Monday, December 12, 2011

Former IURC Chairman Indicted For Official Misconduct

Marion Co. Prosecutor Terry Curry today announced that a grand jury his office convened has returned three counts of official misconduct against former IURC Chairman, David Hardy, for his role in permitting the agency's former general counsel, Scott Storms, to accept a new position at Duke Energy despite Storms' direct role in deciding matters Duke Energy had pending before the Commission. The Star's John Russell details the three counts of the indictment:

The first count of the indictment accuses Hardy of knowingly aiding and abetting Storms by communicating with employees of Duke Energy regarding Storms' prospective employment while allowing Storms to continue to participate in proceedings involving the utility.
The second count accuses Hardy of failing to disclose a secret, ex parte communication with Duke Energy that occurred on March 17, 2008 with an employee of Duke concerning cost overruns at the utility's Edwardsport coal-gasification plant.

The third count accuses Hardy of failing to disclose a secret, ex parte communication with Duke Energy that occurred on Feb. 24, 2010, concerning cost overruns at the Edwardsport power plant.
Gov. Mitch Daniels fired Hardy last year after the Star began an investigative series that detailed numerous e-mail communications between Hardy and Storms with Duke Energy officials concerning the hiring of Storms by the giant energy company. Duke later fired Storms and two other high-ranking officials at the company instrumental in Storms' hiring. According to the Star, even Gov. Mitch Daniels may be guilty of having inappropriate meetings with Duke's CEO, Jim Rogers, discussing cost over-run problems with construction of its Edwardsport plant.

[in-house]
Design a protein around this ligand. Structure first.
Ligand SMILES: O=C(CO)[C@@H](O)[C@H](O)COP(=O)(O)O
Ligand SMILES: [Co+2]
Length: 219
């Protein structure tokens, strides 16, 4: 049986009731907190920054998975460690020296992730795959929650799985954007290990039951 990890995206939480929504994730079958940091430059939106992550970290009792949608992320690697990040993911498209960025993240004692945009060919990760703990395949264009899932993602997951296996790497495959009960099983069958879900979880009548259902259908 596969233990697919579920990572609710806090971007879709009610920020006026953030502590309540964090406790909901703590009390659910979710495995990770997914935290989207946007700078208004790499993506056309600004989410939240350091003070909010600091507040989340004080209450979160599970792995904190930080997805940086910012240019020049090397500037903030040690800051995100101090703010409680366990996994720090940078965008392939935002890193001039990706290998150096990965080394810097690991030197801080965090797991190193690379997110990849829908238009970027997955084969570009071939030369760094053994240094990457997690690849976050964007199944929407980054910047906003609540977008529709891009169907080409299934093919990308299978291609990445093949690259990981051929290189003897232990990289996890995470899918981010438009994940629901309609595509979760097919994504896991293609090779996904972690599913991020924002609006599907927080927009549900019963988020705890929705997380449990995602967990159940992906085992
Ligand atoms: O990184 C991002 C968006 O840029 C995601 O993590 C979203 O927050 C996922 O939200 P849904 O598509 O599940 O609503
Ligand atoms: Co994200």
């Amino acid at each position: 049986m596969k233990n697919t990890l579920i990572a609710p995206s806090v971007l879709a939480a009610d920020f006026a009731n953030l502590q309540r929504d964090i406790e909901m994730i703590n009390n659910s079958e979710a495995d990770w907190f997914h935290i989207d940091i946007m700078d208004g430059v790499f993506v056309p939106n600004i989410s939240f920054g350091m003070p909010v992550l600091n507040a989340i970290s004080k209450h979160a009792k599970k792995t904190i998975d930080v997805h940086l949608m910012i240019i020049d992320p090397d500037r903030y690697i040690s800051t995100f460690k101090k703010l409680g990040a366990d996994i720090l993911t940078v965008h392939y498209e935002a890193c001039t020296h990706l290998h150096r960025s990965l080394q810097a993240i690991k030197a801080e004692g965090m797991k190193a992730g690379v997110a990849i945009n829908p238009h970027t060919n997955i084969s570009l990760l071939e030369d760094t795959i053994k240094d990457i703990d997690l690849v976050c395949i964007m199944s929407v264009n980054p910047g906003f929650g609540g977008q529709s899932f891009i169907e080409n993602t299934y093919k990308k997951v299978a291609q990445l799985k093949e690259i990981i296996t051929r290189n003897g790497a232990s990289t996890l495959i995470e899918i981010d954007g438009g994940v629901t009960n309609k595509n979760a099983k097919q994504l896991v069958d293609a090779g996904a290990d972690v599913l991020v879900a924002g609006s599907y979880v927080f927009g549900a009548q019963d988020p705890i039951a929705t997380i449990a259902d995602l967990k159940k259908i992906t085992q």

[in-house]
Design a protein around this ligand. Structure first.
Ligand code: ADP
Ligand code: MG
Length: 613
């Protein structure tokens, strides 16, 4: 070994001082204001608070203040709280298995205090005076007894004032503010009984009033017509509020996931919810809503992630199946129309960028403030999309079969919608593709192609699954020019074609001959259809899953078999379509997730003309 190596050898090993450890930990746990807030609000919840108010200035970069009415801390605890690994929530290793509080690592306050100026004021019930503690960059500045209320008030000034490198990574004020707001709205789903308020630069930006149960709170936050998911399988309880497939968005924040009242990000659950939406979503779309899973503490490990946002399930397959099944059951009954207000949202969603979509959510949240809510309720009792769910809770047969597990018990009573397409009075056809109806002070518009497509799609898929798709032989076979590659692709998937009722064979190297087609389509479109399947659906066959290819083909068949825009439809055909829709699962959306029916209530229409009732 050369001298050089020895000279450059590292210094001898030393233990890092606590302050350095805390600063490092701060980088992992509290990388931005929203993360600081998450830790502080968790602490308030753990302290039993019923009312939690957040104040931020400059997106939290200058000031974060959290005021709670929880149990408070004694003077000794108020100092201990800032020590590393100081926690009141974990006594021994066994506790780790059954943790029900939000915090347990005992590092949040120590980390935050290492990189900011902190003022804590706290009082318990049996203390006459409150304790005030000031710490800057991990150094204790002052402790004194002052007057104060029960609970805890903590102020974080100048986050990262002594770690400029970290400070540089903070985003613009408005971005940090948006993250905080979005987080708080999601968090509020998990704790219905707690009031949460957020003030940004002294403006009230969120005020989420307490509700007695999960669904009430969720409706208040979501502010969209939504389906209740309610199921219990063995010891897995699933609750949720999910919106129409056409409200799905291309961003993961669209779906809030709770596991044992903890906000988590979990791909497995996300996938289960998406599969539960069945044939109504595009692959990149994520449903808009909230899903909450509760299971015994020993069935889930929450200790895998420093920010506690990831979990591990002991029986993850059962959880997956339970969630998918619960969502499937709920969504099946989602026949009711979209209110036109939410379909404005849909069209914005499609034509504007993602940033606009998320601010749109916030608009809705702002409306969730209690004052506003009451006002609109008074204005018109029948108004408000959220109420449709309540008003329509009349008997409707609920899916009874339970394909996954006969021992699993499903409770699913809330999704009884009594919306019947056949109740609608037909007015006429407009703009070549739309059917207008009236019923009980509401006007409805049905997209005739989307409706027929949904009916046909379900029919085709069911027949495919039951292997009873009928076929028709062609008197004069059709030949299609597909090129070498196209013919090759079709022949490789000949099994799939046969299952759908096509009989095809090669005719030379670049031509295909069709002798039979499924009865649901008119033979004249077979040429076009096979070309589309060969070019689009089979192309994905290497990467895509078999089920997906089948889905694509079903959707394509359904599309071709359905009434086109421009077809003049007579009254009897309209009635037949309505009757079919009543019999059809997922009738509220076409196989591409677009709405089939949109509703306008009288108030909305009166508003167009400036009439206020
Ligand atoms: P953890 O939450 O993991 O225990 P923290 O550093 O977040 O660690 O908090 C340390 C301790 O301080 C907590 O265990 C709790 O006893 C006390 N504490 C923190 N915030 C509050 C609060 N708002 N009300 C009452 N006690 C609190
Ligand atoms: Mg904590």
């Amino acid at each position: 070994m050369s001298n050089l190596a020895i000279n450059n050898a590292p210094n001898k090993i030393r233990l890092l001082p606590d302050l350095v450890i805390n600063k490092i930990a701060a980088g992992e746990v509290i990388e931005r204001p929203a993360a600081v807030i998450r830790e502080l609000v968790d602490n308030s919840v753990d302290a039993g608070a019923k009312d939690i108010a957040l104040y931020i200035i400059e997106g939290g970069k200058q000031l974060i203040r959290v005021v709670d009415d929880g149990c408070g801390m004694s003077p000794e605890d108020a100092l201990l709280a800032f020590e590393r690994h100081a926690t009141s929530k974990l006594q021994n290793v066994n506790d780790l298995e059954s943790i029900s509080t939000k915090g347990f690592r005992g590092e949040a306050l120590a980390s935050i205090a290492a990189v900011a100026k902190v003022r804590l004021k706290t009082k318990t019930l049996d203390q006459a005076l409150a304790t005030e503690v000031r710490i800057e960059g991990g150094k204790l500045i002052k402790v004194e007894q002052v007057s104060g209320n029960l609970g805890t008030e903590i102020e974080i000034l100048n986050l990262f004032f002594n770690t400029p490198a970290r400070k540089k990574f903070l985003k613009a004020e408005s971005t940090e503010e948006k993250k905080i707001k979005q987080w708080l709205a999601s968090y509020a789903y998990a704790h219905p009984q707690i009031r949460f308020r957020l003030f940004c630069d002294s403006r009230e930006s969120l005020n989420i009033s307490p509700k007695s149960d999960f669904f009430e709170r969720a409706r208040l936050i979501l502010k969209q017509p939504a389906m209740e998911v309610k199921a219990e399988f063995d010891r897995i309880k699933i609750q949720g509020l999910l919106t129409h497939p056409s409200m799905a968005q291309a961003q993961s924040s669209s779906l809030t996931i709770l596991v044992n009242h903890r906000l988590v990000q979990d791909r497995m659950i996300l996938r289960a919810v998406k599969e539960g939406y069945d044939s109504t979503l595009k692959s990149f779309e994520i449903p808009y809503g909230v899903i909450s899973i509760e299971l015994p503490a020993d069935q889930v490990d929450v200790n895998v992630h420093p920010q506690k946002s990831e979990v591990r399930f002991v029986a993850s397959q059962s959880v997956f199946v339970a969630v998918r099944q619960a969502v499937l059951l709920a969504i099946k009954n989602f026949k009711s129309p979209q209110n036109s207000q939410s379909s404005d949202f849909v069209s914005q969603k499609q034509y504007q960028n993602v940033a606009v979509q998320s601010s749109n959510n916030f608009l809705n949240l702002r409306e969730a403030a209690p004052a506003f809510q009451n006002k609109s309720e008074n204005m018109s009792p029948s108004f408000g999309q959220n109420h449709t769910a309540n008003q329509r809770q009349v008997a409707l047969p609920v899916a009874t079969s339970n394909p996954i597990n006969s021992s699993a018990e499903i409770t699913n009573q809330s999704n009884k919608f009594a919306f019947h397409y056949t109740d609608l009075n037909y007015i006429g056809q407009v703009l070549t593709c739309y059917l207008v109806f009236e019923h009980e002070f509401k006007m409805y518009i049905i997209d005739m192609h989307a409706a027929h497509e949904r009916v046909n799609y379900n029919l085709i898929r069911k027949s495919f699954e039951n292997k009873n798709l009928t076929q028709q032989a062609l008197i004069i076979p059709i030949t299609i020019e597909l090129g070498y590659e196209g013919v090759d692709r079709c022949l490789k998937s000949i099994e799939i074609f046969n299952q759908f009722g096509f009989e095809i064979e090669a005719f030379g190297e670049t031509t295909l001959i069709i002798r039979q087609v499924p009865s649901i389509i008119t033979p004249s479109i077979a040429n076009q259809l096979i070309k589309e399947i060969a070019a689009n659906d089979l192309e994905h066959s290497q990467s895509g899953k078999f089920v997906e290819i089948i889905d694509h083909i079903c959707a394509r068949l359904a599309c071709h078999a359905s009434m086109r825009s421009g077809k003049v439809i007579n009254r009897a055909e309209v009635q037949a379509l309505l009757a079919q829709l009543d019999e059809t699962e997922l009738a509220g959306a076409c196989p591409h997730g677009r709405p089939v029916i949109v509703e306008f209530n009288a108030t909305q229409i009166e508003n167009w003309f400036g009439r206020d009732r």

Each count of official misconduct against Hardy represents a Class D felony under I.C. 35-44-1-2, which reads:
Sec. 2. A public servant who knowingly or intentionally:

(1) commits an offense in the performance of the public servant's official duties;

(2) solicits, accepts, or agrees to accept from an appointee or employee any property other than what the public servant is authorized by law to accept as a condition of continued employment;

(3) acquires or divests himself or herself of a pecuniary interest in any property, transaction, or enterprise or aids another person to do so based on information obtained by virtue of the public servant's office that official action that has not been made public is contemplated; or

(4) fails to deliver public records and property in the public servant's custody to the public servant's successor in office when that successor qualifies;

commits official misconduct, a Class D felony.
Hardy is unlikely to face much jail time, if any, if he is found guilty of the charges because he has no prior criminal record. Surprisingly, this statute is used very little by prosecutors in Indiana to punish public officials who betray the public's trust.

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